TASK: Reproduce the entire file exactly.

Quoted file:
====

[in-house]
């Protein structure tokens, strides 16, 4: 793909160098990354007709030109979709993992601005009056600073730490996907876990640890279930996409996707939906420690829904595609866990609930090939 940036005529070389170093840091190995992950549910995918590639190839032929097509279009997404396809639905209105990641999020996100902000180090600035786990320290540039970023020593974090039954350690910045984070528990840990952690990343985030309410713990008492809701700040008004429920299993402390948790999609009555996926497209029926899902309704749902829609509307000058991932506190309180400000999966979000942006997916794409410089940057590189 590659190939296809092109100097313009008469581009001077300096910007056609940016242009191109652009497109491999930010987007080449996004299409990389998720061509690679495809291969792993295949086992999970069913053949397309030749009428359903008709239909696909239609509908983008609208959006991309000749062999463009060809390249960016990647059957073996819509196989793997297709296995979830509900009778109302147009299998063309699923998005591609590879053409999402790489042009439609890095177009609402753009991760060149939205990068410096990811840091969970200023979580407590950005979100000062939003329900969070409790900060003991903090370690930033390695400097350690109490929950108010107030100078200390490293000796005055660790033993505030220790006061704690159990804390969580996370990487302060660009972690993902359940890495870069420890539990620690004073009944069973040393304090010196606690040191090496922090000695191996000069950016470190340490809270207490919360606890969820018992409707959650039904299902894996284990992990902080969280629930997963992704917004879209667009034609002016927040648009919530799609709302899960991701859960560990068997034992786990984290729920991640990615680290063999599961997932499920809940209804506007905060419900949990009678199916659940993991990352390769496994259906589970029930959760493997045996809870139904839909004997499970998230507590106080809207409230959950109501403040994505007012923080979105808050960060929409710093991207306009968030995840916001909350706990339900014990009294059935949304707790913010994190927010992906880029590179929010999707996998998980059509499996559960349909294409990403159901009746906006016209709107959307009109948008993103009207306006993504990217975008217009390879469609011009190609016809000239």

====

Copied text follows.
[in-house]
């Protein structure tokens, strides 16, 4: 793909160098990354007709030109979709993992601005009056600073730490996907876990640890279930996409996707939906420690829904595609866990609930090939 940036005529070389170093840091190995992950549910995918590639190839032929097509279009997404396809639905209105990641999020996100902000180090600035786990320290540039970023020593974090039954350690910045984070528990840990952690990343985030309410713990008492809701700040008004429920299993402390948790999609009555996926497209029926899902309704749902829609509307000058991932506190309180400000999966979000942006997916794409410089940057590189 590659190939296809092109100097313009008469581009001077300096910007056609940016242009191109652009497109491999930010987007080449996004299409990389998720061509690679495809291969792993295949086992999970069913053949397309030749009428359903008709239909696909239609509908983008609208959006991309000749062999463009060809390249960016990647059957073996819509196989793997297709296995979830509900009778109302147009299998063309699923998005591609590879053409999402790489042009439609890095177009609402753009991760060149939205990068410096990811840091969970200023979580407590950005979100000062939003329900969070409790900060003991903090370690930033390695400097350690109490929950108010107030100078200390490293000796005055660790033993505030220790006061704690159990804390969580996370990487302060660009972690993902359940890495870069420890539990620690004073009944069973040393304090010196606690040191090496922090000695191996000069950016470190340490809270207490919360606890969820018992409707959650039904299902894996284990992990902080969280629930997963992704917004879209667009034609002016927040648009919530799609709302899960991701859960560990068997034992786990984290729920991640990615680290063999599961997932499920809940209804506007905060419900949990009678199916659940993991990352390769496994259906589970029930959760493997045996809870139904839909004997499970998230507590106080809207409230959950109501403040994505007012923080979105808050960060929409710093991207306009968030995840916001909350706990339900014990009294059935949304707790913010994190927010992906880029590179929010999707996998998980059509499996559960349909294409990403159901009746906006016209709107959307009109948008993103009207306006993504990217975008217009390879469609011009190609016809000239």